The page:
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Claims that Scotland should follow Wales and transfer further resources to local government from other essential Sc...
Claims that Scotland should follow Wales and transfer further resources to local government from other essential Scottish Office programmes have been rejected by Scottish local government minister George Kynoch.

Mr Kynoch said: 'The new unitary authorities are to receive an additional £148m (2.9%) of government support next year. This means that the new councils' grant per head of population will be 43% higher than in England and 21% higher than in Wales.

'The scheme announced for Wales is being funded by transferring resources from other areas of the Welsh Office settlement to local authorities. Any increase in the Scottish Office allocation to local authorities would require a similar transfer. The secretary of state for Scotland's responsibilities include the funding of the National Health Service, higher education, industry and training, trunk roads and the environment in Scotland and to suggest transferring more money from these services to local government is unreasonable.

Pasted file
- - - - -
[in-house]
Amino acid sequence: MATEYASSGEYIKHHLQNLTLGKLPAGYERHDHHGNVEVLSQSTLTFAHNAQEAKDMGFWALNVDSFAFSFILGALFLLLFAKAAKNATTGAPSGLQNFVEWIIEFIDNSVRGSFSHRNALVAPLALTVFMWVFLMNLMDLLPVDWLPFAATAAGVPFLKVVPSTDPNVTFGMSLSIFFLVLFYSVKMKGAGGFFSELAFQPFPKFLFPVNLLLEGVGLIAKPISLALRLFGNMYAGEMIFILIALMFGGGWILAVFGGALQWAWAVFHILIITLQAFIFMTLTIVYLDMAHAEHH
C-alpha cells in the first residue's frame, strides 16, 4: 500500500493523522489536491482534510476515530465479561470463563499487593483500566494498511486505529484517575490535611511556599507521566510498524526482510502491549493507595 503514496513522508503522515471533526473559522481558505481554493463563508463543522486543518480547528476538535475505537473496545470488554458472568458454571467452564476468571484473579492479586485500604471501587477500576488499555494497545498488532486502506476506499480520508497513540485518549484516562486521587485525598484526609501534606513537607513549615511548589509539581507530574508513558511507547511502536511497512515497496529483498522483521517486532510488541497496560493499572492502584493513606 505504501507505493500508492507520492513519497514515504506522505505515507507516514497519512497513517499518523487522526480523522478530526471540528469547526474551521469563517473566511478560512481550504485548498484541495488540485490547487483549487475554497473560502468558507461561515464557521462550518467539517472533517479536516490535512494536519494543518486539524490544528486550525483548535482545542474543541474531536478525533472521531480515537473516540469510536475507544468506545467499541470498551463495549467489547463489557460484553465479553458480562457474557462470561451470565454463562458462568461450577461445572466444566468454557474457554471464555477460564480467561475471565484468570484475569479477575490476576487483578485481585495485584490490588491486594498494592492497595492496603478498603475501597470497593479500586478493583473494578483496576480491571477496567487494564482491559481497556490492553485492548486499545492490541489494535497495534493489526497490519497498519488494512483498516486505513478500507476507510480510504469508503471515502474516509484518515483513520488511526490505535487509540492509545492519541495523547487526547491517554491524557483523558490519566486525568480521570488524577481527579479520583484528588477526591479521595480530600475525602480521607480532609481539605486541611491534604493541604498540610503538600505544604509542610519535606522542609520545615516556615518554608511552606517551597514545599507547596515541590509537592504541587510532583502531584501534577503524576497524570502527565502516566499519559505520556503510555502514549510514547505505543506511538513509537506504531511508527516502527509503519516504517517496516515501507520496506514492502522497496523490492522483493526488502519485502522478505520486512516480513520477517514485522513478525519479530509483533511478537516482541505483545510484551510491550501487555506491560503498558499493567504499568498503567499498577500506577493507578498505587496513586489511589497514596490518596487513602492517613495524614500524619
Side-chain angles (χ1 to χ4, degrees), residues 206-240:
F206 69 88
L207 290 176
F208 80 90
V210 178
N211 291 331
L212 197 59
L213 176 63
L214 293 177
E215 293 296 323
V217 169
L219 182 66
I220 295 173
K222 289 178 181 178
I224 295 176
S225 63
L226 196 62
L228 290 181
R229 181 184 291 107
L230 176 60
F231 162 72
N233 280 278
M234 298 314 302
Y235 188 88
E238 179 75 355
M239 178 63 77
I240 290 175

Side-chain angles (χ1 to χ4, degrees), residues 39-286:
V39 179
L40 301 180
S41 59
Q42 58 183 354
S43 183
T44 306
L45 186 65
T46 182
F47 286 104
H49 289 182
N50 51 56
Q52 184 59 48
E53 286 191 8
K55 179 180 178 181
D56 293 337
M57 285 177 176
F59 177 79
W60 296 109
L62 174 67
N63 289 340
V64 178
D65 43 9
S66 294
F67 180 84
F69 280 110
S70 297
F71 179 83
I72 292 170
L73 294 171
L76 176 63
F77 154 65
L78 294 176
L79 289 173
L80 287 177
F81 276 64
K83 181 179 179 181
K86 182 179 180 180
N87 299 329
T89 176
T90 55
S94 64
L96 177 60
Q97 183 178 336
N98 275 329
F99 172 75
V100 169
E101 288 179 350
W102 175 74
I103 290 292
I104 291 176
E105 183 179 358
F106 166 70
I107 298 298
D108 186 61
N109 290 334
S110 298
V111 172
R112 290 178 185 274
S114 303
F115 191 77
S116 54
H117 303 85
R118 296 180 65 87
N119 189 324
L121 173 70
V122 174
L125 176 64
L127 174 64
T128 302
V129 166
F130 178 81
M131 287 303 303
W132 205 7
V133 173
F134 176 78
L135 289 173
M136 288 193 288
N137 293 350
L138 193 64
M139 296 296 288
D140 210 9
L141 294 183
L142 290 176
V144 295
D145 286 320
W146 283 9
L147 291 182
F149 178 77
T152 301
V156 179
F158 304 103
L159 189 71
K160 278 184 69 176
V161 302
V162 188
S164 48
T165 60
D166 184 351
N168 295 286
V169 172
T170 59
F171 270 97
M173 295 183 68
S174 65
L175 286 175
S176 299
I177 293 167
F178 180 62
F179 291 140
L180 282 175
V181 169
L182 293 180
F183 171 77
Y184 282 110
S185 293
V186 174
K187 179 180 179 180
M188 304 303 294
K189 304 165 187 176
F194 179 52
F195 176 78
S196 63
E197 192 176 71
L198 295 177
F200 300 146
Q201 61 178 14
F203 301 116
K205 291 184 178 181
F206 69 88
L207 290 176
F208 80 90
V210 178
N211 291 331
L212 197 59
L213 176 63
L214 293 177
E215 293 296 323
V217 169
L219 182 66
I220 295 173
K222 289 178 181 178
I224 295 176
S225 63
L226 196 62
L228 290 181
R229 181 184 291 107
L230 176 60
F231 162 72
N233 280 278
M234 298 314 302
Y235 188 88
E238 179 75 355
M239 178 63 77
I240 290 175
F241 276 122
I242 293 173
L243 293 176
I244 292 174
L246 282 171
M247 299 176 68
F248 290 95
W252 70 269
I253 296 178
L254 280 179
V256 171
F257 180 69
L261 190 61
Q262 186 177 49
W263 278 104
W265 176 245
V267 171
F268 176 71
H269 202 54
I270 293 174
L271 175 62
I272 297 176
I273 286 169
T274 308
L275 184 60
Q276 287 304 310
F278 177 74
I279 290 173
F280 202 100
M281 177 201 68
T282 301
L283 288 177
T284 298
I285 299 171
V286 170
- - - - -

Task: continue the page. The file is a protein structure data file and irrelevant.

'Local authorities have already been allocated £26.5m more than the formula consquences of the English settlement.Council spending in Scotland is 30% higher than in England and 22% higher than in Wales and there is no justification for transferring cash from other vital Scottish Office programmes.

'We recognise that local government re-organisation would impact on council tax levels in certain areas and we have accepted the COSLA proposals for a transitional scheme to cope with this mismatch.

Glasgow's new authority will gain nearly £31m this year through this scheme.

'Scottish local authorities are being treated very favourably in a difficult public expenditure round. There should be no need for cuts in frontline services or excessive council tax increases if realistic budgets are set.'

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